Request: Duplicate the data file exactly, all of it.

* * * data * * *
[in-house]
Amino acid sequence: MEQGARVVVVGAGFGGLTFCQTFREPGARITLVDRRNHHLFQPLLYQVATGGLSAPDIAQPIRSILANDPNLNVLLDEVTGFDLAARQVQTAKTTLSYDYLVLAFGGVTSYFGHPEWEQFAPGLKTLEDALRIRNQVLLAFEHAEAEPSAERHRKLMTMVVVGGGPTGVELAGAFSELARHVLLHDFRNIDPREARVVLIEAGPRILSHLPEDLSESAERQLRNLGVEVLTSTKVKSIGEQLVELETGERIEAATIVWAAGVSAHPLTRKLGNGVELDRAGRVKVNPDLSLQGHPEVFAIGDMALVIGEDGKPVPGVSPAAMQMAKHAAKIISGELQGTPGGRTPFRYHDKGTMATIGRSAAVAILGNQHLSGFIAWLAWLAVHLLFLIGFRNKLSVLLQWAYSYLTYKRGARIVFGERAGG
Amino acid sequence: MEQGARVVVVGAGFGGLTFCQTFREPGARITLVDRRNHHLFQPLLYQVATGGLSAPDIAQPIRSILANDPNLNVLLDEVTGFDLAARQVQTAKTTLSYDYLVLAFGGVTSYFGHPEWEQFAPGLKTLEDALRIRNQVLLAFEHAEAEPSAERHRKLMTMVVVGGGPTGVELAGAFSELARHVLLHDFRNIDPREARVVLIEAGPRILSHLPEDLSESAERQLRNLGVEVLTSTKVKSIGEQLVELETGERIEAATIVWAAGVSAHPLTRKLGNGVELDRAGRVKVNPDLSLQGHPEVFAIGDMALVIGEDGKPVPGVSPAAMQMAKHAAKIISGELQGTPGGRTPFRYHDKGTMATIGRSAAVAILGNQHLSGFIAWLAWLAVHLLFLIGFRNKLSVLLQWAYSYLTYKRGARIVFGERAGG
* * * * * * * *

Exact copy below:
[in-house]
Amino acid sequence: MEQGARVVVVGAGFGGLTFCQTFREPGARITLVDRRNHHLFQPLLYQVATGGLSAPDIAQPIRSILANDPNLNVLLDEVTGFDLAARQVQTAKTTLSYDYLVLAFGGVTSYFGHPEWEQFAPGLKTLEDALRIRNQVLLAFEHAEAEPSAERHRKLMTMVVVGGGPTGVELAGAFSELARHVLLHDFRNIDPREARVVLIEAGPRILSHLPEDLSESAERQLRNLGVEVLTSTKVKSIGEQLVELETGERIEAATIVWAAGVSAHPLTRKLGNGVELDRAGRVKVNPDLSLQGHPEVFAIGDMALVIGEDGKPVPGVSPAAMQMAKHAAKIISGELQGTPGGRTPFRYHDKGTMATIGRSAAVAILGNQHLSGFIAWLAWLAVHLLFLIGFRNKLSVLLQWAYSYLTYKRGARIVFGERAGG
Amino acid sequence: MEQGARVVVVGAGFGGLTFCQTFREPGARITLVDRRNHHLFQPLLYQVATGGLSAPDIAQPIRSILANDPNLNVLLDEVTGFDLAARQVQTAKTTLSYDYLVLAFGGVTSYFGHPEWEQFAPGLKTLEDALRIRNQVLLAFEHAEAEPSAERHRKLMTMVVVGGGPTGVELAGAFSELARHVLLHDFRNIDPREARVVLIEAGPRILSHLPEDLSESAERQLRNLGVEVLTSTKVKSIGEQLVELETGERIEAATIVWAAGVSAHPLTRKLGNGVELDRAGRVKVNPDLSLQGHPEVFAIGDMALVIGEDGKPVPGVSPAAMQMAKHAAKIISGELQGTPGGRTPFRYHDKGTMATIGRSAAVAILGNQHLSGFIAWLAWLAVHLLFLIGFRNKLSVLLQWAYSYLTYKRGARIVFGERAGG